Ok this just in: I computed it analyticly and the answer is indeed 0.486. If anyone's interested I can give the mathematical details, but basically I had to write down a big recurrence relation. Nothing too elegant.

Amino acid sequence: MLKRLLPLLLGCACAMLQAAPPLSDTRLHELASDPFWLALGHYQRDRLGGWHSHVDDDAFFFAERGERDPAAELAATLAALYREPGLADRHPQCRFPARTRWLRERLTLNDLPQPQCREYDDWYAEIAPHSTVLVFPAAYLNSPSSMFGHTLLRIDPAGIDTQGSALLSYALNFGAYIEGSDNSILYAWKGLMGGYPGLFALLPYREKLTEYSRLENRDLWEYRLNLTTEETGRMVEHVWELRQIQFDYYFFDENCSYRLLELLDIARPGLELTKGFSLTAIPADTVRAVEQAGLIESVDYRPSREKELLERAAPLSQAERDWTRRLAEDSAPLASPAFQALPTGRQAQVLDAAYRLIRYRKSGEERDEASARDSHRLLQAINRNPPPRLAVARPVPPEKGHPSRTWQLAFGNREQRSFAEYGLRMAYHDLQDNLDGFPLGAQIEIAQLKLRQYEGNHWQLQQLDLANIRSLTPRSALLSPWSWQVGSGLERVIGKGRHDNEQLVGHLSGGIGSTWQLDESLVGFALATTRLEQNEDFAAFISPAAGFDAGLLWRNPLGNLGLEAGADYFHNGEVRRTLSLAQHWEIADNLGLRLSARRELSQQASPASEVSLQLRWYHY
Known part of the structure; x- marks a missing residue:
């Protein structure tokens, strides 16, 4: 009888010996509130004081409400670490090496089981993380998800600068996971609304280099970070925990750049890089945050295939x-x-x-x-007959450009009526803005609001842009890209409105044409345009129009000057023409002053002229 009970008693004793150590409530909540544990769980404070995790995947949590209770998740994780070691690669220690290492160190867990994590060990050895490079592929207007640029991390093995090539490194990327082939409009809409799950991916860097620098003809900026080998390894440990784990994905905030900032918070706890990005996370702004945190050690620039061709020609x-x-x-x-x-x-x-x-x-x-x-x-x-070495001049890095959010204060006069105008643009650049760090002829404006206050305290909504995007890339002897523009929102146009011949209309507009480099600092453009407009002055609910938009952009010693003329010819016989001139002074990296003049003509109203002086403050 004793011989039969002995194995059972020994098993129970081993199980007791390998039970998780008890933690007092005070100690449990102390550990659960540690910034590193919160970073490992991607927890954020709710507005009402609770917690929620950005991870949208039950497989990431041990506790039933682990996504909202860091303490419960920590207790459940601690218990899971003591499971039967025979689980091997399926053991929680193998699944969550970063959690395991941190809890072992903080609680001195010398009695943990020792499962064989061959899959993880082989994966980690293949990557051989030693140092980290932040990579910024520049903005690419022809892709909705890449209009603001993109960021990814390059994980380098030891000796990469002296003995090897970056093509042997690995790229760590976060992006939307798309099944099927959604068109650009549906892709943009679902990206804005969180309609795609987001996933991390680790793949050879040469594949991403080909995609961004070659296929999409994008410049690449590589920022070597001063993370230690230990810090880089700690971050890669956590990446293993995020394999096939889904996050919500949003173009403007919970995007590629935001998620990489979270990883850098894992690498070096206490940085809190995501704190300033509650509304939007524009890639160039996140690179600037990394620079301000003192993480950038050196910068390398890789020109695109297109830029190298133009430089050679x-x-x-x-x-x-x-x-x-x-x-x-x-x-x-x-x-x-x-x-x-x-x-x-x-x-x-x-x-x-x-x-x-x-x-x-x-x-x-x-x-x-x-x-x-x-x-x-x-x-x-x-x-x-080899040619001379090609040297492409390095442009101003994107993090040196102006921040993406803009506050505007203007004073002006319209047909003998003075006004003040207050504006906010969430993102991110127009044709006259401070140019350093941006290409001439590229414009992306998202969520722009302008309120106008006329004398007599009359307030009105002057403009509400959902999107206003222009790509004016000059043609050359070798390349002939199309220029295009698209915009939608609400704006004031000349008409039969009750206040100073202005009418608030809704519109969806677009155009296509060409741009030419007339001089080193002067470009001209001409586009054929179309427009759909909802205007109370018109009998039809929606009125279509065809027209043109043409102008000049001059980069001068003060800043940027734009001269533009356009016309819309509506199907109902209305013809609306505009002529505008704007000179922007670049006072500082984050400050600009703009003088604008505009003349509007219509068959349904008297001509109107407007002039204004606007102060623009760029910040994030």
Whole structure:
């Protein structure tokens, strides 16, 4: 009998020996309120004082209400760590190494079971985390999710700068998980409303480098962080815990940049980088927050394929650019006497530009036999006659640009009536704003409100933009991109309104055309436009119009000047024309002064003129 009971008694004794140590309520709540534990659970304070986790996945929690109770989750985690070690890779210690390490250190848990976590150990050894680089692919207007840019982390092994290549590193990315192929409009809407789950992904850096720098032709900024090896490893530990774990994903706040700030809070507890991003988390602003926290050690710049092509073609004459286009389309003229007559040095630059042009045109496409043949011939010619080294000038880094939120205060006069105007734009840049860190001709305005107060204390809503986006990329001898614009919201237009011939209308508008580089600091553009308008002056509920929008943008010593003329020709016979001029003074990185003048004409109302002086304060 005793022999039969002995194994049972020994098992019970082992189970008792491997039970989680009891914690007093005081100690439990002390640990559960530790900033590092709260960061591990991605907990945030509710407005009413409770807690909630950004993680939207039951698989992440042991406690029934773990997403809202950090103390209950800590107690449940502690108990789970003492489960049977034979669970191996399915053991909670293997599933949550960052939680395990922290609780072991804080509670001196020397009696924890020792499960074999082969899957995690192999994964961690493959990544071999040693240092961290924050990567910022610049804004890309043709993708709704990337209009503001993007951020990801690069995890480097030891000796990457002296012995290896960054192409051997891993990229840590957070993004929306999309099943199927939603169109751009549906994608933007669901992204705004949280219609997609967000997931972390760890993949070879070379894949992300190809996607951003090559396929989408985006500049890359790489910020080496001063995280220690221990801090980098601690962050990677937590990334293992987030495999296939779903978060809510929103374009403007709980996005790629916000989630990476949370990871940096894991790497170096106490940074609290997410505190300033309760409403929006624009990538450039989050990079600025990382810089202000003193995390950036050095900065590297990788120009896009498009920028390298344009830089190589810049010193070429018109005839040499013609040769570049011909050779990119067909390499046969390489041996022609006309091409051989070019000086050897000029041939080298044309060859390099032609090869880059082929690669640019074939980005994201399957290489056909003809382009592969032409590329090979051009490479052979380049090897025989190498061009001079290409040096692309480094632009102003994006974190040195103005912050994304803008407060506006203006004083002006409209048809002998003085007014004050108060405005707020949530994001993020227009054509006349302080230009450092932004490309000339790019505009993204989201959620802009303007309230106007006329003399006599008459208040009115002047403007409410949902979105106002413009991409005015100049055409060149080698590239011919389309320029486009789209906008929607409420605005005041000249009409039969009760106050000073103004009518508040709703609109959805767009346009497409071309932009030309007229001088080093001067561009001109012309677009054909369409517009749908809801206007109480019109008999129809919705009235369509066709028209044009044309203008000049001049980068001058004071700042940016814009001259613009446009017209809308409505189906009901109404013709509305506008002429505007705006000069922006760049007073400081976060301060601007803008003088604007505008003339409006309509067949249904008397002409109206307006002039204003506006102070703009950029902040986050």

Elegant or not, it's all miles above my ability to figure it out. I'd love the details if you can provide them without going to too much trouble. I'd also be interested in the Monte Carlo simulation you described.